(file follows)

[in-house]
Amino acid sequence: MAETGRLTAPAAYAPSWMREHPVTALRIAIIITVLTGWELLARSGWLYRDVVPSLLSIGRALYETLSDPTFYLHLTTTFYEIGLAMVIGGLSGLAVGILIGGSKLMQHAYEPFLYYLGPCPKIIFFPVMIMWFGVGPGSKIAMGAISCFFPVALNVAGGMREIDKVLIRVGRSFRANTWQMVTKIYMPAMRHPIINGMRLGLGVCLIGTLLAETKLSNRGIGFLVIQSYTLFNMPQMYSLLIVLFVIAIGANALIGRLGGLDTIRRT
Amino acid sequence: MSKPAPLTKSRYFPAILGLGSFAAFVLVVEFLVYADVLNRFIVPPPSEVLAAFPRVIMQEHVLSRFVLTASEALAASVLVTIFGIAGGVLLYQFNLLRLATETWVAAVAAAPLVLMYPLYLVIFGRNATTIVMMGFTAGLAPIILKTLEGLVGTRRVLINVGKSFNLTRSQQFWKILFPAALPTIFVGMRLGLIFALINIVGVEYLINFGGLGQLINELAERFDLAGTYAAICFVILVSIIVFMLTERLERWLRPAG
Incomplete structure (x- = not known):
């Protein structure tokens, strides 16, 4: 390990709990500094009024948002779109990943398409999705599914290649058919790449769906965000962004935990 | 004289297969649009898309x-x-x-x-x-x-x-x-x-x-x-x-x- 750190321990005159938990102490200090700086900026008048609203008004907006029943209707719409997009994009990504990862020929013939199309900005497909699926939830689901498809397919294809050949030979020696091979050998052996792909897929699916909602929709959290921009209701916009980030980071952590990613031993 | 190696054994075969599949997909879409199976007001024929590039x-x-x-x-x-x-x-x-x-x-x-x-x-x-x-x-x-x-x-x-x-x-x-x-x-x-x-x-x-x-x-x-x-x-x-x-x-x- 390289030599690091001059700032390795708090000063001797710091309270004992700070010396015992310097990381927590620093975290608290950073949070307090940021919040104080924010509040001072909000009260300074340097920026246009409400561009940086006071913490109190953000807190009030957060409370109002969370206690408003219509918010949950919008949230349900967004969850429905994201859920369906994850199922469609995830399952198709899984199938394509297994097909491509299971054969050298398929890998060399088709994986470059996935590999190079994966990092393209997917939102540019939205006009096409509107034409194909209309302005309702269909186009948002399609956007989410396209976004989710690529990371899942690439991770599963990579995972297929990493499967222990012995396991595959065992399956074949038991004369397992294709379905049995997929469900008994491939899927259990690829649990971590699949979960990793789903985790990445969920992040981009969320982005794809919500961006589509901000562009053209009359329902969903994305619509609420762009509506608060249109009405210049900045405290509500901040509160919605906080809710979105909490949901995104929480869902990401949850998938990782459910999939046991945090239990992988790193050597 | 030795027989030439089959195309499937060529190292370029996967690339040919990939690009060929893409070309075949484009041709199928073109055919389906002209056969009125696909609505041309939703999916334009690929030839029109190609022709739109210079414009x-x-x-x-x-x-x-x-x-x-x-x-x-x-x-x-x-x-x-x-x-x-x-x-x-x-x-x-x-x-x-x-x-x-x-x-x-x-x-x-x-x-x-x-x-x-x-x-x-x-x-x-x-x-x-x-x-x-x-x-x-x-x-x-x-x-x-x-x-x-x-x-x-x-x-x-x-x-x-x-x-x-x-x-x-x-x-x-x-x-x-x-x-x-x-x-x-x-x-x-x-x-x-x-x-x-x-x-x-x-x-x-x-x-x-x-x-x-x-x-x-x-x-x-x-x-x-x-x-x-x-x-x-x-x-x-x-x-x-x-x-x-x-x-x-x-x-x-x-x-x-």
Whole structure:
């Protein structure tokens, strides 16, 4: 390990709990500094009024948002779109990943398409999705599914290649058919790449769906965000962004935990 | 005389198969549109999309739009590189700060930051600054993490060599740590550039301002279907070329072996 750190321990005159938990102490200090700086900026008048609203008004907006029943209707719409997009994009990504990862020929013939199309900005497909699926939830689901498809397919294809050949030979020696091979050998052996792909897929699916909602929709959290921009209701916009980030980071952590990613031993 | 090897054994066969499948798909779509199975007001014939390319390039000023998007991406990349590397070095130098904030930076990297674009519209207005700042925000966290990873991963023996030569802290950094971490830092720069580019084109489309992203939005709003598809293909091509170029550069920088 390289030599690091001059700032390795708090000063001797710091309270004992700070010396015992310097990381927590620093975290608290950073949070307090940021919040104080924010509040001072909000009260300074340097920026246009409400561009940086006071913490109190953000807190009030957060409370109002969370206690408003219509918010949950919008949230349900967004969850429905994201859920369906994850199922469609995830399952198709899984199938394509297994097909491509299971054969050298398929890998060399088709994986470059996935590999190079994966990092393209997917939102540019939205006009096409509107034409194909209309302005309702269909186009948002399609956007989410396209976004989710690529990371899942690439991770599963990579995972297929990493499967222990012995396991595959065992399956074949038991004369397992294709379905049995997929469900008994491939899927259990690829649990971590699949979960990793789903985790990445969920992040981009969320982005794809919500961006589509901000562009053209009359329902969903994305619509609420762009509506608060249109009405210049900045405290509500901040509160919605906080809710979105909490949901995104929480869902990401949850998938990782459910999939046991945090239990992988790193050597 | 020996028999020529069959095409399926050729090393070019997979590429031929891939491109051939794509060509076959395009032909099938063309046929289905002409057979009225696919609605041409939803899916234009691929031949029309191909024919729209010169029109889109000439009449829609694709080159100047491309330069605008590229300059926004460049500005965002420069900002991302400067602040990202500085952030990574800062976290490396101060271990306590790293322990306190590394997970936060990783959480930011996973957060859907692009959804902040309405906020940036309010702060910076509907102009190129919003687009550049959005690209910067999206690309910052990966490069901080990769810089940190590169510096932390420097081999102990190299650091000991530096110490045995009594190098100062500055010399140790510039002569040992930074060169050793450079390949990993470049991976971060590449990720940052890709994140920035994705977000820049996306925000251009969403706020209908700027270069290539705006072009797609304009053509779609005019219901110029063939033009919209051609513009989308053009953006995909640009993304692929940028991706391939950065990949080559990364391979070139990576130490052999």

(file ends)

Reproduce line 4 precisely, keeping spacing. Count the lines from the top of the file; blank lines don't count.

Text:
Incomplete structure (x- = not known):